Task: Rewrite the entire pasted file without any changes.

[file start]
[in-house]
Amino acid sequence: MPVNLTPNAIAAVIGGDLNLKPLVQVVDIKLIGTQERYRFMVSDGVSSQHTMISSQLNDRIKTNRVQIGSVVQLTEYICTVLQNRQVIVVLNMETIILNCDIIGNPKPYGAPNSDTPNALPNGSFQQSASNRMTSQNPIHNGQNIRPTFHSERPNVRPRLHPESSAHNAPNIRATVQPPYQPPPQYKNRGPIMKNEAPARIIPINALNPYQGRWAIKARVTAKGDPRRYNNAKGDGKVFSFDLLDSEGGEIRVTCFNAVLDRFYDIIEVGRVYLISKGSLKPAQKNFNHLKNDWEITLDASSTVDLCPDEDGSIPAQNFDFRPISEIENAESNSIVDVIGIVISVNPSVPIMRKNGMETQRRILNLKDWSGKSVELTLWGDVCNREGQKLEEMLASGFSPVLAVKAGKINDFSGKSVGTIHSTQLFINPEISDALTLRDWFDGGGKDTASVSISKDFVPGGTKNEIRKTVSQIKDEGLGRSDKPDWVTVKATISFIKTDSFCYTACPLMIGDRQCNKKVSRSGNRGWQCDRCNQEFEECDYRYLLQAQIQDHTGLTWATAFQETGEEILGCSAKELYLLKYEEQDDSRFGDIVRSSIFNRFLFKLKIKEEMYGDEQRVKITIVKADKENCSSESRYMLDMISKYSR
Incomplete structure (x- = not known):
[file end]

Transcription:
[in-house]
Amino acid sequence: MPVNLTPNAIAAVIGGDLNLKPLVQVVDIKLIGTQERYRFMVSDGVSSQHTMISSQLNDRIKTNRVQIGSVVQLTEYICTVLQNRQVIVVLNMETIILNCDIIGNPKPYGAPNSDTPNALPNGSFQQSASNRMTSQNPIHNGQNIRPTFHSERPNVRPRLHPESSAHNAPNIRATVQPPYQPPPQYKNRGPIMKNEAPARIIPINALNPYQGRWAIKARVTAKGDPRRYNNAKGDGKVFSFDLLDSEGGEIRVTCFNAVLDRFYDIIEVGRVYLISKGSLKPAQKNFNHLKNDWEITLDASSTVDLCPDEDGSIPAQNFDFRPISEIENAESNSIVDVIGIVISVNPSVPIMRKNGMETQRRILNLKDWSGKSVELTLWGDVCNREGQKLEEMLASGFSPVLAVKAGKINDFSGKSVGTIHSTQLFINPEISDALTLRDWFDGGGKDTASVSISKDFVPGGTKNEIRKTVSQIKDEGLGRSDKPDWVTVKATISFIKTDSFCYTACPLMIGDRQCNKKVSRSGNRGWQCDRCNQEFEECDYRYLLQAQIQDHTGLTWATAFQETGEEILGCSAKELYLLKYEEQDDSRFGDIVRSSIFNRFLFKLKIKEEMYGDEQRVKITIVKADKENCSSESRYMLDMISKYSR
Incomplete structure (x- = not known):